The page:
In other words, you can pay your taxes now, and use your post-tax income to invest in your TFSA to enjoy tax-free income in the future.
TFSA vs RRSP are the perfect ying and yang of the registered accounts in Canada.
Also, both TFSA and RRSP can be used as savings and investment accounts.
However, there’s no denying the fact that TFSA vs RRSP has many differences.
As discussed earlier, A Registered Retirement Savings Plan (RRSP) is a retirement-friendly account for Canadians.
On the other hand, a Tax-Free Savings Account (TFSA) is an account that is friendly for savings and any investment, including retirement.
Additionally, contributions and withdrawals on TFSA are not taxed. The opposite is the case with an RRSP account.
Also, with a TFSA account, you can access your money at any time without any penalties.
However, an RRSP account has strict withdrawal rules. Withdrawal taxes apply unless you use the fund to make a first-time home purchase through the Home Buyers’ Plan (HBP).
Unlike RRSP, TFSA doesn’t have a contribution deadline. You can make contributions anytime you like.
Finally, another difference between TFSA vs RRSP is that TFSA doesn’t have an expiry date. In contrast, RRSP expires once you attain the age of 71.
Saving for Retirement: RRSP vs TFSA Compared
If you want to save more for your retirement, consider opening an RRSP account.
This account allows you to delay paying taxes right from the time you’re young until retirement.
However, you may need to open a TFSA account to gain a tax advantage on your emergency savings.
So after you have maxed out your RRSP contribution limit, you can open a TFSA account to complement your RRSP savings.
Here are two scenarios that explained the importance of saving both on RRSP and TFSA accounts:
1. RRSP Savings
Jude is a medical doctor, ages 35. Jude is currently under a higher tax bracket, but he expects to fall under the low tax bracket during his retirement.
As a result, Jude considers RRSP the best account since it will defer his taxes until when his tax rate will be lower.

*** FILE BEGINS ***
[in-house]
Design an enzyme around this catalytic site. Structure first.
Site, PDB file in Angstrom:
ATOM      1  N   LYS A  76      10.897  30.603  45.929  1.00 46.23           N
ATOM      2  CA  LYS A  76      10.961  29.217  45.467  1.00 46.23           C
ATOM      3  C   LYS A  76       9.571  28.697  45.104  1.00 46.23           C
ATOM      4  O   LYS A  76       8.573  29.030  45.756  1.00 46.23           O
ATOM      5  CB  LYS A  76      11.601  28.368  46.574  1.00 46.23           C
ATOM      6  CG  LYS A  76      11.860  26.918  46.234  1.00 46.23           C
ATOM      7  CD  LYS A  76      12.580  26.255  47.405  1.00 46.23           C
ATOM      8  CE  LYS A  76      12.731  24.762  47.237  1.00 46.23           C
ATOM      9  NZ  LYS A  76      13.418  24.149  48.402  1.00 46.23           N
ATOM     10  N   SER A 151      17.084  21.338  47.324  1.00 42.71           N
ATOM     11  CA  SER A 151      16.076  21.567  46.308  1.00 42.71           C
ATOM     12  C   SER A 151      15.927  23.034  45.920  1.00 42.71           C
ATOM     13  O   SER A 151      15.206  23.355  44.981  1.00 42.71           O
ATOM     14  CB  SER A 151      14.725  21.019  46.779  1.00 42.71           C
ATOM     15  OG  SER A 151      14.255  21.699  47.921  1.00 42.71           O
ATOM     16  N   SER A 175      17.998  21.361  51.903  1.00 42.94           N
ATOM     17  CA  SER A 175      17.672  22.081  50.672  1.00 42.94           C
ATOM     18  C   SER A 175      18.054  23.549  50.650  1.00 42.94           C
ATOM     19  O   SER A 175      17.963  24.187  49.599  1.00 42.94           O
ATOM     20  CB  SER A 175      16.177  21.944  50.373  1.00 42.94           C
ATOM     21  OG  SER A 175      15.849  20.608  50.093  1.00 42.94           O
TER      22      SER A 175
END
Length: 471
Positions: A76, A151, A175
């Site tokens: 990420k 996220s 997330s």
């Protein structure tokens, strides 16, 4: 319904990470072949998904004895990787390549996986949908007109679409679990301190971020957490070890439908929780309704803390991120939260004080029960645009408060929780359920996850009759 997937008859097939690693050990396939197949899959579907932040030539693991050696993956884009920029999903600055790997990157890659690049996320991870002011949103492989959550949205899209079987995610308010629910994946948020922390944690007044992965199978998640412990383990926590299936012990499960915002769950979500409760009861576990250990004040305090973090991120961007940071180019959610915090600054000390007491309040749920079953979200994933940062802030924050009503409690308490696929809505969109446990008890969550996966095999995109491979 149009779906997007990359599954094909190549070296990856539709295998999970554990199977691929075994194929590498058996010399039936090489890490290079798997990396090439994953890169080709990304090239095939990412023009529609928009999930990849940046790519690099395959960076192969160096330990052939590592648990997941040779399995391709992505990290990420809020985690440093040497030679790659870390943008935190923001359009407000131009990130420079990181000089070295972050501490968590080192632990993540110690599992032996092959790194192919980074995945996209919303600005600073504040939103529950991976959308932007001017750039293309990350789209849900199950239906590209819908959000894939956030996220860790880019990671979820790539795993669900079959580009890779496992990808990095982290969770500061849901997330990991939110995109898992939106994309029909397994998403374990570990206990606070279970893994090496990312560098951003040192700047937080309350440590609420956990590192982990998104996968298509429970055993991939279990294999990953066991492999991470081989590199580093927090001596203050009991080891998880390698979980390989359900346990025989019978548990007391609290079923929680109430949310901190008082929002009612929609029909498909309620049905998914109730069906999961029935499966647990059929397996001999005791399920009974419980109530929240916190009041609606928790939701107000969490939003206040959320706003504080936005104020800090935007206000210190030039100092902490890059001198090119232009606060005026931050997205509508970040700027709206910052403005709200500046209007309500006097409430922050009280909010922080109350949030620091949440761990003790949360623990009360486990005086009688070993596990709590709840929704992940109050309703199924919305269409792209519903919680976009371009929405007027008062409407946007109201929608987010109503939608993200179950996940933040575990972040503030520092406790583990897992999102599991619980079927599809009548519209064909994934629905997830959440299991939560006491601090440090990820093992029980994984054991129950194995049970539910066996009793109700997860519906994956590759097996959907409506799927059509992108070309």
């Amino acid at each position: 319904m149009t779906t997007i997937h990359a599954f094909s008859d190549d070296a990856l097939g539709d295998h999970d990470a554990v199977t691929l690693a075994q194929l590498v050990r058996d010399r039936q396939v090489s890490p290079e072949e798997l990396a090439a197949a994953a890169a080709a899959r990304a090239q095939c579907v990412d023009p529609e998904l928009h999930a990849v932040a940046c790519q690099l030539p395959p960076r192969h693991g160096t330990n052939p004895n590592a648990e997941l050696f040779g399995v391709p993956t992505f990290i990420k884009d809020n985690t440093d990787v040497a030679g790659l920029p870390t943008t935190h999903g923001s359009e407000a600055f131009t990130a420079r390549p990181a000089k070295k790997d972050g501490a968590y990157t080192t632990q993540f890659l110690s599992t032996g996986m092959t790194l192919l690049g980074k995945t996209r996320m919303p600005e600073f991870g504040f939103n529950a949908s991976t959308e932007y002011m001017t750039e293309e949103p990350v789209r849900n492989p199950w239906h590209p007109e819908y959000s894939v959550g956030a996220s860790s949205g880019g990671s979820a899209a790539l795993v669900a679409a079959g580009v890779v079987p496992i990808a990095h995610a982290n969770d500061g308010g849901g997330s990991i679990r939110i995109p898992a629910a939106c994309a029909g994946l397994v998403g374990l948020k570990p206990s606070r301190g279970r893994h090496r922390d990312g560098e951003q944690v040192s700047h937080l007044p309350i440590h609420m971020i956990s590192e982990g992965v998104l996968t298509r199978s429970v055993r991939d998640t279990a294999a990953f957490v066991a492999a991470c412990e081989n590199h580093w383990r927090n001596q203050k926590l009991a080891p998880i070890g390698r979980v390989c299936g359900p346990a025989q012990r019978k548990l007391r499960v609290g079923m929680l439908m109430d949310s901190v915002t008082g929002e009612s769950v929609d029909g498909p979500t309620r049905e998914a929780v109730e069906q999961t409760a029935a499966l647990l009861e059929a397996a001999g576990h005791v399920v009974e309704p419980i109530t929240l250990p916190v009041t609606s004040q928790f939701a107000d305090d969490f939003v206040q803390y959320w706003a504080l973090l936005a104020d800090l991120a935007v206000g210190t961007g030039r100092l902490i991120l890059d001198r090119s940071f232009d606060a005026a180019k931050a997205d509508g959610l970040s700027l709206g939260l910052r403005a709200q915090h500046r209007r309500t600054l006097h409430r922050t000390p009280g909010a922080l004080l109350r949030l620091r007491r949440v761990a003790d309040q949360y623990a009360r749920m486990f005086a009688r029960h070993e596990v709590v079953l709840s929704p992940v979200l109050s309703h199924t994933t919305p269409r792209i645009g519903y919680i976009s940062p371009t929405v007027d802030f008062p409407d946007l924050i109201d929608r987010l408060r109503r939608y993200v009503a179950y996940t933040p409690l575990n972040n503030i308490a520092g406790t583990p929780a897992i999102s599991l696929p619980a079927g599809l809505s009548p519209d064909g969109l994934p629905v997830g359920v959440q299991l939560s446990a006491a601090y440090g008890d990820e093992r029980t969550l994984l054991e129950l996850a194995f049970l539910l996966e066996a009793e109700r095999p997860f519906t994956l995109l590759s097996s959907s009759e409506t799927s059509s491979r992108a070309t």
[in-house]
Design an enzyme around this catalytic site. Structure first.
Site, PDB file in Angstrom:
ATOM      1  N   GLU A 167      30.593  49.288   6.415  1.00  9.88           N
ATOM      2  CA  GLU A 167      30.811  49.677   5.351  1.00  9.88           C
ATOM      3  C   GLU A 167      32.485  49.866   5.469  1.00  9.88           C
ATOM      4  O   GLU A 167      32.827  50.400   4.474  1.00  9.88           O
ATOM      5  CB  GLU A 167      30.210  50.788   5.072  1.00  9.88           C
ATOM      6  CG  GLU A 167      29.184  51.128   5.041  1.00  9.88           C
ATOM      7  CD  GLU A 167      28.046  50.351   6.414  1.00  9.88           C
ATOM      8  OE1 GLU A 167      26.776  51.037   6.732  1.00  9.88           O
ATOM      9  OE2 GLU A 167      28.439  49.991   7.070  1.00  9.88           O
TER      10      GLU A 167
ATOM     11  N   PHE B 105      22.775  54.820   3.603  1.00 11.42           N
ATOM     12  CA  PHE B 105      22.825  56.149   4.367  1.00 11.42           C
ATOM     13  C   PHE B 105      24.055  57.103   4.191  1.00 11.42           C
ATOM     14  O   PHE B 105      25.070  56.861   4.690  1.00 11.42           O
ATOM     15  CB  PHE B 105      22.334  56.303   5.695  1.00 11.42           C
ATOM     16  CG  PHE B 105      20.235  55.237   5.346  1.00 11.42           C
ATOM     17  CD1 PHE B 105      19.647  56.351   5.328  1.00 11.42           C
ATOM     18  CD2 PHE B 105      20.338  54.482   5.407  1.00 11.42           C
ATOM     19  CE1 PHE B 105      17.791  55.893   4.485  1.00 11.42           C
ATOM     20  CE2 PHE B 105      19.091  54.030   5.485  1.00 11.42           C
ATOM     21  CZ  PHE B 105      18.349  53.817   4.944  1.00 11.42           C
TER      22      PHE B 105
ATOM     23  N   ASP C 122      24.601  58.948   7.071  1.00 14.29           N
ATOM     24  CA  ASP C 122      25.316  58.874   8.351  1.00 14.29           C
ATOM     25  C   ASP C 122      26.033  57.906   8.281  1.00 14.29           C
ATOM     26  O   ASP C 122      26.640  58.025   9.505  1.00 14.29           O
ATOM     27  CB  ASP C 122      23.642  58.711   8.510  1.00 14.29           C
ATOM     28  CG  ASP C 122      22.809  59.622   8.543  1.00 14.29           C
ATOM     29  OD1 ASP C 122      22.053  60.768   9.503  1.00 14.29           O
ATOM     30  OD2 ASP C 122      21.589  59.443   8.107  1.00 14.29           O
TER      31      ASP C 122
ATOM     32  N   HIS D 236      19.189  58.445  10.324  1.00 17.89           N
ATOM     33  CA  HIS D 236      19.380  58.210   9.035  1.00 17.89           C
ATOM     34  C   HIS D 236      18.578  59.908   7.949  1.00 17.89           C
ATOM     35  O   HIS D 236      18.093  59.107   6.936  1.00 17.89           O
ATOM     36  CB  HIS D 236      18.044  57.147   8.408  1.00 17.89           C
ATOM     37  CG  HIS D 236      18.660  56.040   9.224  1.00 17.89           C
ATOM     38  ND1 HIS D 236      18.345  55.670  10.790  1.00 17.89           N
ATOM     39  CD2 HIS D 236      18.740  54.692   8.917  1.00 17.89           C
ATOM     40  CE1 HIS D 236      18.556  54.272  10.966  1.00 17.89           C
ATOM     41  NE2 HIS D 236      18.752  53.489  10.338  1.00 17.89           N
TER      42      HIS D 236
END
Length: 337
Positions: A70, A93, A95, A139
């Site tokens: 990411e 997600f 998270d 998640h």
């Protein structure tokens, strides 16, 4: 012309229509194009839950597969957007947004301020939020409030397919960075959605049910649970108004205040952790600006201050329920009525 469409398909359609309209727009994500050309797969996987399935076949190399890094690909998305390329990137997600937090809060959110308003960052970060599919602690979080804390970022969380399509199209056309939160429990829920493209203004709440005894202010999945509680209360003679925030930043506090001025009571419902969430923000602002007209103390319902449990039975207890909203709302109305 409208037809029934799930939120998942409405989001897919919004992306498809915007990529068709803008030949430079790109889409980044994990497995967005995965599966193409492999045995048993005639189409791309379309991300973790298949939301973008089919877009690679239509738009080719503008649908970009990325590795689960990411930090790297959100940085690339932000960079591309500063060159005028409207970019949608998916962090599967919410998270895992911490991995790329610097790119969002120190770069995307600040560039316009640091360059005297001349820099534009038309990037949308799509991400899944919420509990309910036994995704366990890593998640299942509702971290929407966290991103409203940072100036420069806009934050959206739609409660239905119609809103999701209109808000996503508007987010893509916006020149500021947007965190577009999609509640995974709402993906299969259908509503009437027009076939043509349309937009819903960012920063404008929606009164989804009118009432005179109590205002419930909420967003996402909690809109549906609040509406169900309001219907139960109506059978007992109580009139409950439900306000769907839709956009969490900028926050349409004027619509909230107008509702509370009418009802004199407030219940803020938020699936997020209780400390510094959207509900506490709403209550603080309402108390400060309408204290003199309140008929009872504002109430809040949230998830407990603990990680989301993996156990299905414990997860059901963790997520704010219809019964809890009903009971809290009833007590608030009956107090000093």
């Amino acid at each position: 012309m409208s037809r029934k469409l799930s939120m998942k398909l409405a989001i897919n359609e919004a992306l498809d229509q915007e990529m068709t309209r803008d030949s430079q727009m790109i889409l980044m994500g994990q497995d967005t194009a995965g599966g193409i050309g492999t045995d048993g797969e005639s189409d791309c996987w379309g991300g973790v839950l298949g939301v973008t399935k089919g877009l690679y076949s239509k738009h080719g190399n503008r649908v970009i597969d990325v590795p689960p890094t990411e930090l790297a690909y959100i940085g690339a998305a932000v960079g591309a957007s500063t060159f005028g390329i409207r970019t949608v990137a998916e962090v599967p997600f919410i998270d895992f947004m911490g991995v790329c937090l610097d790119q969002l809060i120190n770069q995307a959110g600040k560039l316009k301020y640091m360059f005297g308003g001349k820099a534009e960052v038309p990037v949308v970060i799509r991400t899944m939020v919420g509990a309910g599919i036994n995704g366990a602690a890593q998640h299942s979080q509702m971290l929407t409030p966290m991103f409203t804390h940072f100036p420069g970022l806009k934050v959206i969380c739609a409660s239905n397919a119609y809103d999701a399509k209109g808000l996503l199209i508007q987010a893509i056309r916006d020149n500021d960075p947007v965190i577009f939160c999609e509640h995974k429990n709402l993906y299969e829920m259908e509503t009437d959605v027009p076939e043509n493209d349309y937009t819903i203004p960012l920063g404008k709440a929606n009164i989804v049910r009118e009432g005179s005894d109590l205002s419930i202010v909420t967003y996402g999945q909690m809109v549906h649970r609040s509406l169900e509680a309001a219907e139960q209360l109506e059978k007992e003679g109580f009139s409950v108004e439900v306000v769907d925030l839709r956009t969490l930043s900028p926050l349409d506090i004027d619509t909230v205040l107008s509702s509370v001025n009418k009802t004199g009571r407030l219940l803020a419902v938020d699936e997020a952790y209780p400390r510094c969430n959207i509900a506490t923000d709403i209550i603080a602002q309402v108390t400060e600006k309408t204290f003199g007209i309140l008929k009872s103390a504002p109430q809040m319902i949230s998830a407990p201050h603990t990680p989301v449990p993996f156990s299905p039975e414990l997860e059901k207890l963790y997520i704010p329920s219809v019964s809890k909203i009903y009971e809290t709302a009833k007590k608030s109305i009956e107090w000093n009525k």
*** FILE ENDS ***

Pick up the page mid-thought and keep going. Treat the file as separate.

Jane is an accountant, aged 35. Jane is currently under the middle-income bracket and is looking to save for emergencies.
As a result, Jane opens a TFSA account since it’s flexible and allows her to make withdrawals at any time.
Furthermore, a TFSA account will allow Jane to supplement her RRSP savings to have enough funds for her retirement.
Saving for a Home Down Payment: RRSP vs TFSA Compared
If you are saving to buy a new home, you may want to consider opening an RRSP account or a TFSA account.
RRSP Home Buyers’ Plan (HBP) allows you to make tax-free withdrawals on your account up to $35,000.
However, you’re expected to refund the withdrawn amount within 15 years.
Here are two scenarios that explained the importance of saving both on RRSP and TFSA accounts for your home down payment.
1. Saving for a Home Down Payment through RRSP
Mark is a banker aged 33 and is looking for the best account to save for his down payment alongside his retirement.
As a result, Mark opens an RRSP to save for his retirement while getting up to a $35,000 tax-free down payment.
Furthermore, an RRSP is also proper for Mark because it will help him commit to his retirement savings since early withdrawals attract penalties.
2. Saving for a Home Down Payment through TFSA
Paul is a mechanical engineer, aged 35. Paul wants to save for emergencies, down payments and retirement. However, he’s under the mid-income bracket.
As a result, Paul opens a TFSA account since it allows him to make a withdrawal at any time without losing his contribution room.
TFSA vs RRSP: Which is Better?
Now that you have a clear picture of the similarities and differences between TFSA vs RRSP, which is your choice?
Don’t make the mistake I made in rushing to decide between TFSA vs RRSP without reading all the lines.
The truth is, RRSP vs TFSA are all great but not suitable for everybody. I wish I knew this years ago!
So, to determine which account is perfect for you, consider the following three factors:
1. Your Savings Goal
If you’re planning for retirement, then an RRSP could be your ideal option.
With an RRSP, you can defer paying taxes right from your young age to retirement, when your tax obligations might be lower.
However, TFSA is not specifically built for retirement savings, but it could complement your retirement savings due to its flexibility.